Block After Block

The bar is crowded. I rest my elbows on the counter as people press themselves around me. The surly bartender finally gets to me and asks what I’ll have. I stare at the beer taps behind him and open my mouth.

He looks at me and says, “Spit it out!”

My brow furrows slightly. My mouth stays open. After half a second, he moves on to the next person waiting at the bar.

It’s my high school baccalaureate ceremony. I stand at the podium in front of a crowd of parents and families. My fellow graduating seniors sit behind me. I’m introducing the ceremony’s main speaker, my favorite teacher. I read my brief remarks off a small notecard in my hands.

After the ceremony, a classmate comes up to me.

“That was really funny,” she says.

“What was?” I ask.

“During your introduction, when you sounded out the words like you didn’t know how to read.”

I’m in third grade. Our class has a substitute teacher today. I’m getting hungry, so—during a few minutes of free time—I walk up to him.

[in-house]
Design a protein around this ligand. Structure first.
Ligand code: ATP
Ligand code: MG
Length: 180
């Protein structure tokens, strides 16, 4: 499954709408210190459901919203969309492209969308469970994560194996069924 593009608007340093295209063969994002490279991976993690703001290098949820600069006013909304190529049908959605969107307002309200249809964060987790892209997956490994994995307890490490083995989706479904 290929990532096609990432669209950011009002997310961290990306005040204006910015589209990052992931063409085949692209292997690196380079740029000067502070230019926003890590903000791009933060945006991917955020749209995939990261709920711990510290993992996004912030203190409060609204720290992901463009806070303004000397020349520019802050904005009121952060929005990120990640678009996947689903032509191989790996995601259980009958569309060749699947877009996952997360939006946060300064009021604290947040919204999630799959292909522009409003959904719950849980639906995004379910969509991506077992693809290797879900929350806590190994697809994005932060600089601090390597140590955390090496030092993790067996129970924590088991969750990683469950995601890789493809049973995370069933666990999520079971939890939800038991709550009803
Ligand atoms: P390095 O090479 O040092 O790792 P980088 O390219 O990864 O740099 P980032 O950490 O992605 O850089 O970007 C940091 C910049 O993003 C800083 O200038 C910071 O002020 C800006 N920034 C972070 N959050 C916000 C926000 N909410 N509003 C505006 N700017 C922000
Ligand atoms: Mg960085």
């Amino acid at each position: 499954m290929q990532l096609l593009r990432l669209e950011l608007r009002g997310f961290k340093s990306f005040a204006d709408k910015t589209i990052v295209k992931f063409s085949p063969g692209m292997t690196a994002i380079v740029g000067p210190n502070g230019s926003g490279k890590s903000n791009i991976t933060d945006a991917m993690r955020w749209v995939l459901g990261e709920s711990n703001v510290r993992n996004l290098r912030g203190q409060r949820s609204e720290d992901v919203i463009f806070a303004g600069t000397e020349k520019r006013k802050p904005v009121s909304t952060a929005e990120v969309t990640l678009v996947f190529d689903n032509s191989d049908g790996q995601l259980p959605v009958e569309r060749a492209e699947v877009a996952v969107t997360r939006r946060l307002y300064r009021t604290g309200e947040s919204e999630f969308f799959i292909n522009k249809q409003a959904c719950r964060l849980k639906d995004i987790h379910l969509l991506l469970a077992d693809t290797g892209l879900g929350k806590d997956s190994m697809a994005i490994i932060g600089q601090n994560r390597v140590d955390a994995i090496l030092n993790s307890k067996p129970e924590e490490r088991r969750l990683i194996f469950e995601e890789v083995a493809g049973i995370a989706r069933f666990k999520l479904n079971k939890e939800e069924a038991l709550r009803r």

“H-h-how long until lunch?” I ask.

“T-t-twenty minutes,” he mimics.

I walk back to my desk, embarrassed.

I stutter.

I always have. My stutter—manifested most obviously in the verbal “blocks” I experience on various words and sounds when I speak (“block”, get it?)—has been a part of me for as long as I can remember. The intensity of it varies, from day to day and year to year. At times I hardly stutter at all. Other times I feel as if I’m stuttering on every word—as if I literally, physically, can’t speak.

Quiet, please

I’ve alluded to this part of my life here on the blog a few times, in deliberately ambiguous comments or opaque references. Stuttering isn’t something I talk about much online—mainly because I don’t stutter online.

But in my daily life, it’s not something I’ve tried to hide.

Not exactly.

Well, it kind of is.

Actually, it absolutely is something I’ve tried to hide. Just because I know I can’t hide it doesn’t mean I don’t try to.

For reasons of shame, frustration, or anxiety1, I engage in tactics that anyone who stutters can relate to: feigning ignorance, replacing words with synonyms on the fly2, and mostly just plain not talking.

Plus, stuttering is hard. Physically. In fact, physical tension and struggle is part of what defines it. Saying it’s “hard” isn’t just a metaphor. It’s like wrestling with your vocal cords (OK, the wrestling part is a metaphor, but the physicality of it isn’t).